There were also some major setbacks to my travel plans in which I’ve been waiting to write about.  The most affected was my planned hike along the Kungsleden trail and into Sarek national park, Sweden.  I only managed one day – 20 km of hiking before disaster stuck, and I was forced/reluctantly chose, to cancel that part of the trip and return to Lofoten.  And it was such fantastic weather! There was more sun in those two days than my previous two trips combined.  I’ll write more on this later.

Anyhow, here is a short overview of the last few months.  More extensive write-ups will come soon as I get ready to head home to California next week where I’ll hopefully be a bit more productive.

Lofoten – Part 1:  I sometimes wonder why I don’t run into many fellow Americans on Lofoten.  That is until I walkout the door in California and don’t see a stop in motion for the next 40, where I can finally setup my tent and close my eyes in someplace more comfortable than an airport, airplane, ferry station, or bus stop.

With an overall trend of rain lasting from Monday to Friday, I did manage to photograph what will probably be my best single set of images from Lofoten to date.  And then, after two weeks on the islands, with one more still to go, I decided to sprain my ankle while coming down from Ryten in the evening while camping at Kvalvika, which effectively took me out of business for the next days.

Germany – Festival Mediaval in Selb: Like last year, I headed down to Germany for a weekend of music and food.  And fortunately, I managed to keep onto my wallet, unlike last year.  And even more fortunately, I got to see one of my favourite bands, Garmarna, play live, which they haven’t done in around a decade or so.  A night in Berlin and then I was on my back back north of the Arctic Circle in Sweden.

Sweden – Kungsleden:  After sitting around all afternoon in Stockholm’s Arlanda airport, I caught the night train north to Gällivare where I then caught a bus to the beginning of my hike at the Saltoluokta hut.  Arriving in the late morning as the rain cleared to a brilliant blue sky I bought a few supplies and then was on my way for the 20km hike south to the next hut on the shores of Lake Sitojaure.

I was a bit worried about my ankle, but was happy see that it managed the trail with only a little pain towards the end, though still quite sensitive of any ‘wrong’ steps.  I inquired about taking the water taxi across the lake in the morning, but learned the boat driver would be away reindeer hunting for the day so I would have to row across the lake myself.  No problem I though as I headed to bed, at least two boats are on my side, so I won’t have to row the lake three times!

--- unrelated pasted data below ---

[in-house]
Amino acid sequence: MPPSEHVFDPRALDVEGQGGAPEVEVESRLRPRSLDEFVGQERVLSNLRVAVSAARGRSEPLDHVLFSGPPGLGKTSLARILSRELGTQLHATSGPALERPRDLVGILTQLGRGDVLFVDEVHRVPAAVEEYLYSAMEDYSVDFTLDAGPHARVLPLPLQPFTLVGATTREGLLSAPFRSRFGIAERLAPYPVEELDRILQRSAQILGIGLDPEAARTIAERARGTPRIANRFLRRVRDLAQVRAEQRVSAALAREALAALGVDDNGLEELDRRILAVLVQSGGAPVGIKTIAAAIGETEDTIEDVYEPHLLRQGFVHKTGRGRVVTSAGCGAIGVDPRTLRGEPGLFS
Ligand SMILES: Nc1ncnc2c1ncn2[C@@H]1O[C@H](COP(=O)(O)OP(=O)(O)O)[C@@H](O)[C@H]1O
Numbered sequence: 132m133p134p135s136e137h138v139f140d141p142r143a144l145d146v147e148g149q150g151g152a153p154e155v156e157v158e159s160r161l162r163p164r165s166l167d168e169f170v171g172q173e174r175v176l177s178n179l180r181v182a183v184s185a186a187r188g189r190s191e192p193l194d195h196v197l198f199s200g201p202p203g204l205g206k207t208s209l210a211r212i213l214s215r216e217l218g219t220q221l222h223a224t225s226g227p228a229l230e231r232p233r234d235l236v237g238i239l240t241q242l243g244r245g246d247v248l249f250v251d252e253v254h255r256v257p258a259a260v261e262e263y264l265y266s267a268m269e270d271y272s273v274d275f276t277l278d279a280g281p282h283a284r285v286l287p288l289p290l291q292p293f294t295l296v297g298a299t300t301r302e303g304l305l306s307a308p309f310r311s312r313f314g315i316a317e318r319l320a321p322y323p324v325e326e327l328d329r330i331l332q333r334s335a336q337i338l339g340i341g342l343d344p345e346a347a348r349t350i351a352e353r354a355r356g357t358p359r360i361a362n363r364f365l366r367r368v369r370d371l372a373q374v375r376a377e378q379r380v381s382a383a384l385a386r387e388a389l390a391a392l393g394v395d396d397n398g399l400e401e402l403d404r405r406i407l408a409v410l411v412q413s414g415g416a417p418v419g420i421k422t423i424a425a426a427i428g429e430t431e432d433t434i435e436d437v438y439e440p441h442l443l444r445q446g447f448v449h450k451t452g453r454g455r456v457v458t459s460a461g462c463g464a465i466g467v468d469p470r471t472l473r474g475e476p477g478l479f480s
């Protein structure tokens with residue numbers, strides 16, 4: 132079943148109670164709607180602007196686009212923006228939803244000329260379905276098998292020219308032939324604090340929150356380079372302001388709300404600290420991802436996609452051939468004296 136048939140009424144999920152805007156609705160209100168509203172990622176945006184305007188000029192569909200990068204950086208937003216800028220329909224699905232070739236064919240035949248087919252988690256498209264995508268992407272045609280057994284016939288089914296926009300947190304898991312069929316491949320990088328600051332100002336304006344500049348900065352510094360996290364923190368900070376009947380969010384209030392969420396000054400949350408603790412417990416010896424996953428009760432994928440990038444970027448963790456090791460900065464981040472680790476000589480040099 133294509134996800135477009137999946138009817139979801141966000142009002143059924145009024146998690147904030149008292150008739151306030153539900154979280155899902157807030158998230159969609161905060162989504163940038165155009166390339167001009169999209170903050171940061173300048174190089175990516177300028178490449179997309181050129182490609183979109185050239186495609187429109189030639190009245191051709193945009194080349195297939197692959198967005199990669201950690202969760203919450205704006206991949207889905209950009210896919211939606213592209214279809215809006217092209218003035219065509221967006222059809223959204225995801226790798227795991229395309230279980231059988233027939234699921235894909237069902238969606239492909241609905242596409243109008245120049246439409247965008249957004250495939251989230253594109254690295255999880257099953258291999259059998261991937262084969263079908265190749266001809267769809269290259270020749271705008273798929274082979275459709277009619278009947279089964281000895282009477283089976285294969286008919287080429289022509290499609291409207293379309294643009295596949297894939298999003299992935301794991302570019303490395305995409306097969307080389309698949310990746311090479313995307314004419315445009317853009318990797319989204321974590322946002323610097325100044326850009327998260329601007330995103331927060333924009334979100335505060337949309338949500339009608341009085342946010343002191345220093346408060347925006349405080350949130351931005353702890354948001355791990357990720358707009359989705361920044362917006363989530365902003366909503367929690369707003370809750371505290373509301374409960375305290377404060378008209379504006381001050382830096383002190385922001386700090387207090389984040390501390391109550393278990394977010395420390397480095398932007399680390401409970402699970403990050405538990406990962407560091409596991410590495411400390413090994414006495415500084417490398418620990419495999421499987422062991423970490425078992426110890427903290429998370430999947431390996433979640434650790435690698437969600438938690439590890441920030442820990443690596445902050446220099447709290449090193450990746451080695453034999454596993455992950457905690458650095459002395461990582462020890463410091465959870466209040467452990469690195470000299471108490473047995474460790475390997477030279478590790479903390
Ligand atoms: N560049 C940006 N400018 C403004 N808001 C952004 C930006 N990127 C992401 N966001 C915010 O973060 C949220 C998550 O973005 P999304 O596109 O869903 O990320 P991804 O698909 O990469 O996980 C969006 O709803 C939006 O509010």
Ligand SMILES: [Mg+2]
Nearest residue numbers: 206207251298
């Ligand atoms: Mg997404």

Getting into the boat the following morning, my camera decided to go for a swim.  It died.

I sat around for another hour of so, doing my best to dry it out and see if I could salvage anything, but it was gone for good.  And so, I emptied out a bit of the heavier food and the hut and made my way the 20km back north from where I had come the day before.

Lofoten – Part 2:  It took me two days of travel before I was back in Stamsund, where I quickly put a new camera on order and began the wait.  Days of brilliant weather and nights of Northern Lights passed, yet I remained camera-less.  Finally, after 12 days, I got the news that it had been delivered around the corner and was waiting for me at the post office inside the Joker market.

with six full days now left on the islands combined with the thankful cooperation of the weather I hit the hills with a furious pace.  Day after day I found myself high in the mountains under a bright shining sun until finally the rain returned on the 5th day.

Dublin – TBEX conference: Leaving Norway on the 1st of October I next traveled to Dublin (my first visit to Ireland!) where I would attend the TBEX – Travel Blogger Exchange conference over the following days.  I had a really good time, learned so useful info and met some nice people.  I will definitely do my best to attend the next one as well.  Although I did feel out of place at times and sometimes received something of a blank look when I said I was a photographer and that my website is and not some  Something to work on for next time I guess.  And it was nice to learn that I looked as if I had ‘just come from the mountains,’ being slightly under dressed to the more upscale looking and successful attendees of the conference.  Though in my defence, I had just come from the mountains…

Scotland – Orkney:  I made the somewhat unwise decision of leaving Dublin at 6:00am on a Saturday.  But I had places to go, namely, Scotland!  Even as we were heading north from Manchester airport, the exact destination for the next week was still unknown.  Scotland, yes, but where in Scotland had yet to be decided.  The weather forecast was somewhat bleak, so instead of heading somewhere to the mountains, it was decided Orkney would be the destination; it was the top of the list anyhow, so not a hard choice.

As I won’t be around for the New Year this year, I was provided with my mandatory dose of gale force winds to hold me over for the next few months.  Nearly lost a second camera over the cliffs at the Old Man of Hoy as a sudden, severe gust of wind nearly took my whole backpack over the edge!  But over all, I was glad to be back in Orkney again after 4 years and the week passed all too quickly.

Wales: I’m now counting down my last days here in Wales.  The weather has been somewhat dismal and I haven’t even made it out to the hills at all, but that’s how it goes.

Inspired by TBEX in Dublin, I’m heading to London on Wednesday for the World Travel Market.  Followed by a concert up north on Saturday for my final weekend here before flying home next week.

Until next time…


Ryten Hiking Lofoten Islands Norway

Photo: Enjoying the view of Kvalvika beach from Ryten, Lofoten Islands, Norway.  August 2013


Northern Lights Kvalvika beach Lofoten Islands

Photo: Northern Lights over camp at Kvalvika beach, Lofoten Islands, Norway.  August 2013